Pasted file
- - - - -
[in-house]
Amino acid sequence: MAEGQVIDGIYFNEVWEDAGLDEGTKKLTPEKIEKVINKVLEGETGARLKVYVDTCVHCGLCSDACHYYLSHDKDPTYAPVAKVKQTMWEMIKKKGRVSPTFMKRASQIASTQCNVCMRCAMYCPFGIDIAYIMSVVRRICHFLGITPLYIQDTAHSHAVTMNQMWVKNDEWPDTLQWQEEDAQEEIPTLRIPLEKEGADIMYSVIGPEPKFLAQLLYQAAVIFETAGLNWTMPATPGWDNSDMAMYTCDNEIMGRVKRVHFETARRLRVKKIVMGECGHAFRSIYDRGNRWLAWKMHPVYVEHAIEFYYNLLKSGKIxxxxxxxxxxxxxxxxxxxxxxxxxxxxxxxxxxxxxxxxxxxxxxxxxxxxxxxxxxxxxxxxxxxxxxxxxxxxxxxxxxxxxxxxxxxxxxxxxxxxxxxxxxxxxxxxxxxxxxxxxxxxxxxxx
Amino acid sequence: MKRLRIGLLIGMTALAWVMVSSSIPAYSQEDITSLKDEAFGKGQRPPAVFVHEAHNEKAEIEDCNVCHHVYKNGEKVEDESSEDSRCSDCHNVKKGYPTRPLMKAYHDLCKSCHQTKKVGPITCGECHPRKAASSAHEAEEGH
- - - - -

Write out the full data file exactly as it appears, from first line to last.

[in-house]
Amino acid sequence: MAEGQVIDGIYFNEVWEDAGLDEGTKKLTPEKIEKVINKVLEGETGARLKVYVDTCVHCGLCSDACHYYLSHDKDPTYAPVAKVKQTMWEMIKKKGRVSPTFMKRASQIASTQCNVCMRCAMYCPFGIDIAYIMSVVRRICHFLGITPLYIQDTAHSHAVTMNQMWVKNDEWPDTLQWQEEDAQEEIPTLRIPLEKEGADIMYSVIGPEPKFLAQLLYQAAVIFETAGLNWTMPATPGWDNSDMAMYTCDNEIMGRVKRVHFETARRLRVKKIVMGECGHAFRSIYDRGNRWLAWKMHPVYVEHAIEFYYNLLKSGKIxxxxxxxxxxxxxxxxxxxxxxxxxxxxxxxxxxxxxxxxxxxxxxxxxxxxxxxxxxxxxxxxxxxxxxxxxxxxxxxxxxxxxxxxxxxxxxxxxxxxxxxxxxxxxxxxxxxxxxxxxxxxxxxxx
Amino acid sequence: MKRLRIGLLIGMTALAWVMVSSSIPAYSQEDITSLKDEAFGKGQRPPAVFVHEAHNEKAEIEDCNVCHHVYKNGEKVEDESSEDSRCSDCHNVKKGYPTRPLMKAYHDLCKSCHQTKKVGPITCGECHPRKAASSAHEAEEGH